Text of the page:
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                      • #26
                        Originally posted by Aife View Post
                        Hey emishere
                        Like Mike mentioned earlier, do you have any ideas of how consent can be communicated more clearly? Do you think there's a gender difference when it comes to the approach taken to communicate consent? Really interested to hear what you think about this
                        ​I don't think it's a gender difference as such, but I think it depends who's on top. Let me rephrase that: who's 'giving' and who's 'receiving'. The 'receiver' can just lie there and they're technically having sex, but just taking it isn't really consent if they're obviously uninterested. Meanwhile, the 'giver' has to actively engage in intercourse; they don't just lie there doing nothing.

                        ​The point I'm trying (very badly apparently) to make, is that the 'giver' non-verbally shows consent just by engaging in intercourse. If they don't want sex, they wouldn't be engaging in it to begin with. The 'receiver' has to appear to be enjoying the experience, or else I would say it wasn't consented. Obviously, the 'no means no' rule applies still. It always applies. Either people in sex can say no and not participate any more at any given time.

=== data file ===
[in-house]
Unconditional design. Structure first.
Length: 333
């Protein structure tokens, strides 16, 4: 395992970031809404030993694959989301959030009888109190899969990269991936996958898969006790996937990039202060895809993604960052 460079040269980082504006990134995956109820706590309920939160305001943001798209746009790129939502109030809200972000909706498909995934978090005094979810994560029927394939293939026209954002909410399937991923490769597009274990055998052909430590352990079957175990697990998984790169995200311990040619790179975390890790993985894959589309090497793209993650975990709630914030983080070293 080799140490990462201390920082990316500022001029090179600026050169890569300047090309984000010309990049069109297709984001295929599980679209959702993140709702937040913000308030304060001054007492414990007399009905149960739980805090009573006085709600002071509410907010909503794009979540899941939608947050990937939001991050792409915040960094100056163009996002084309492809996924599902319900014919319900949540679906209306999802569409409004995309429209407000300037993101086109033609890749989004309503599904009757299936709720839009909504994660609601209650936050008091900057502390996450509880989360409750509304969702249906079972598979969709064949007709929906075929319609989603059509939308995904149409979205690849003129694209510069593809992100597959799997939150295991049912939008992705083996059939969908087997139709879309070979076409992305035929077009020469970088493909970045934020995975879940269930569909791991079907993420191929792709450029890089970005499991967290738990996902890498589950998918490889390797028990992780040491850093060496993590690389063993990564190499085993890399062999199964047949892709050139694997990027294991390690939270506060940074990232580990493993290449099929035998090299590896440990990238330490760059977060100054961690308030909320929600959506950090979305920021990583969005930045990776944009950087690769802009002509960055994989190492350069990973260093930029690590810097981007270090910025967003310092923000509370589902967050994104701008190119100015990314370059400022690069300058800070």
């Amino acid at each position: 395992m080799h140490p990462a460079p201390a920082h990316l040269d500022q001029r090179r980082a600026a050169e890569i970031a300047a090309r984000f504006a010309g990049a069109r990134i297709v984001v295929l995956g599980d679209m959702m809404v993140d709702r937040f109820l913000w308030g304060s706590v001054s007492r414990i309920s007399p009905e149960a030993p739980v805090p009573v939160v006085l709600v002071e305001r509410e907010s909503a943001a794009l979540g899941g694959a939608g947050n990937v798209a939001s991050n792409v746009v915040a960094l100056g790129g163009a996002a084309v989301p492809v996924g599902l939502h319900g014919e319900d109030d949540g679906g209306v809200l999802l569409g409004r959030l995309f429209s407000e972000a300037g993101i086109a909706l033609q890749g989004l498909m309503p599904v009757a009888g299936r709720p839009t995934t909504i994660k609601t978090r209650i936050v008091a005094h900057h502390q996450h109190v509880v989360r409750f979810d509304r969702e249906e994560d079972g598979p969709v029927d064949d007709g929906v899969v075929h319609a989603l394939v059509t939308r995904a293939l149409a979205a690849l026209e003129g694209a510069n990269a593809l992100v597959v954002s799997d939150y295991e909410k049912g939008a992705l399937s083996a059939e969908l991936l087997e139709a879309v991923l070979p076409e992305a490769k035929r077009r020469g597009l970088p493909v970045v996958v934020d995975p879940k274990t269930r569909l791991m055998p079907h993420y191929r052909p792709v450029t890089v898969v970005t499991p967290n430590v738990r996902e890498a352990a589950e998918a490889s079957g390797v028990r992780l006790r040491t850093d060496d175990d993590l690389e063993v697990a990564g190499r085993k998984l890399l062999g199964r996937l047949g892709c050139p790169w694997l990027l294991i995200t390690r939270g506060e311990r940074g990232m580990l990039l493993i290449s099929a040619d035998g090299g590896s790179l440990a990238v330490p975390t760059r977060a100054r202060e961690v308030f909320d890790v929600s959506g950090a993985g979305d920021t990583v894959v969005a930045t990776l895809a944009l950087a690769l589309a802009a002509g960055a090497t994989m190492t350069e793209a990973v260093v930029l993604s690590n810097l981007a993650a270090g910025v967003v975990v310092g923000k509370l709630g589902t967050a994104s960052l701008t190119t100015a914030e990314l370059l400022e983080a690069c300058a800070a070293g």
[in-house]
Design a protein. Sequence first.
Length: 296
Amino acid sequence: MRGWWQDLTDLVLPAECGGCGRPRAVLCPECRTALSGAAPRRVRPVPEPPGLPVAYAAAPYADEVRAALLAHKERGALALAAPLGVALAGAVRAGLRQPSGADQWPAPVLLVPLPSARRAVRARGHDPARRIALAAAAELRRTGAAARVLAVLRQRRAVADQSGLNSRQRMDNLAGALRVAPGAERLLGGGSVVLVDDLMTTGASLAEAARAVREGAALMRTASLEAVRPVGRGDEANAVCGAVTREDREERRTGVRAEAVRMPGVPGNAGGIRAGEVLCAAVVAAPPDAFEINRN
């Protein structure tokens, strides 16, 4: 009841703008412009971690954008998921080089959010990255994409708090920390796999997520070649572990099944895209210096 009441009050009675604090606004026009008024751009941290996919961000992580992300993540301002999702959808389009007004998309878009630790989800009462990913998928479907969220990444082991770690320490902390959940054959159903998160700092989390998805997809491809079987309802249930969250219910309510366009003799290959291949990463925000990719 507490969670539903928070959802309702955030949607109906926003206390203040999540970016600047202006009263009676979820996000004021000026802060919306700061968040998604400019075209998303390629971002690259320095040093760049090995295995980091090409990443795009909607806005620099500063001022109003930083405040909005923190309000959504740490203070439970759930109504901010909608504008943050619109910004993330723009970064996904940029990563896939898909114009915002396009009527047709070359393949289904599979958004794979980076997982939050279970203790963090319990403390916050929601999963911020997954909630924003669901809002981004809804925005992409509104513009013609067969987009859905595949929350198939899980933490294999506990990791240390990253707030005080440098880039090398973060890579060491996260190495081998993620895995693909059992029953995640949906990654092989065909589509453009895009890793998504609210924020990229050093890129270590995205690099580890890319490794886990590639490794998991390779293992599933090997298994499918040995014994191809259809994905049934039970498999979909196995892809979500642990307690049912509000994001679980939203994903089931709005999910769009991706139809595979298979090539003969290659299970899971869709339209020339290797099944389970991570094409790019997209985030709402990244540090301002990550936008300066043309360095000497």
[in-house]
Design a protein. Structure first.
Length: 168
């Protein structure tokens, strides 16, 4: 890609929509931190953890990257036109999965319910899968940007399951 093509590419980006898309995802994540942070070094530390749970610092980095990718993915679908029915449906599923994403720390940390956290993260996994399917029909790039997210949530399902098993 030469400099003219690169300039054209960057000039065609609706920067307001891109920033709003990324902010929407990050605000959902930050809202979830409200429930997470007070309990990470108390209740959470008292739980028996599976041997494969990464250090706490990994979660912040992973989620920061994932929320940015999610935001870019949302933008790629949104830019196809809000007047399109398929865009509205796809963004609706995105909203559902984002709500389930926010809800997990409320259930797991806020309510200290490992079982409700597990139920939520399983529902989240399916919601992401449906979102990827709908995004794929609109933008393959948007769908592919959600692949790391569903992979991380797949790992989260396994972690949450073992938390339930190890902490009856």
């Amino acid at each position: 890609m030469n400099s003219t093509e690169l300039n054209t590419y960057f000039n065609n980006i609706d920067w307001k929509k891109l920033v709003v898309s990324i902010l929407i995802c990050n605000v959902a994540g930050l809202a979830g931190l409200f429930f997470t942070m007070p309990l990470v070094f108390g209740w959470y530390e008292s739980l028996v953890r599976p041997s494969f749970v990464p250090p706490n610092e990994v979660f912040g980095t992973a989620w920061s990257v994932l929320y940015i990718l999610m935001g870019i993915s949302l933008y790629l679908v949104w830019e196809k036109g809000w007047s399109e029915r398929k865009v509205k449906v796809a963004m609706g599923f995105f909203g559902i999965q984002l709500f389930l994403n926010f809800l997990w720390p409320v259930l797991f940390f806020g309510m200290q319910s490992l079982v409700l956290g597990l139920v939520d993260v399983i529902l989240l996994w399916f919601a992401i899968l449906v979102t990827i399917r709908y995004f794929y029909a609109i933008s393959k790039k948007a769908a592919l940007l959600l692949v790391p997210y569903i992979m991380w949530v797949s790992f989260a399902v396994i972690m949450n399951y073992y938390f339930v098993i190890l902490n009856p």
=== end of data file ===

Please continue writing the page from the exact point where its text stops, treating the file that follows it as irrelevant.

​Stereotypically (in heterosexual relationships anyway), the women 'receives' whilst the man 'gives', so I'm assuming that is what you meant about gender differences. I'm probably wrong though, I read between the lines like how a blind person reads the lines.
                        SUCCESS is not final, FAILURE is not fatal; it is the courage to continue that counts

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                        • #27
                          Is consent, consent, when you are made to consent or feel made to consent ?
                          "To me where the wild things are is a place that exists in our minds.
                          Its a place of liberty and shamelessness.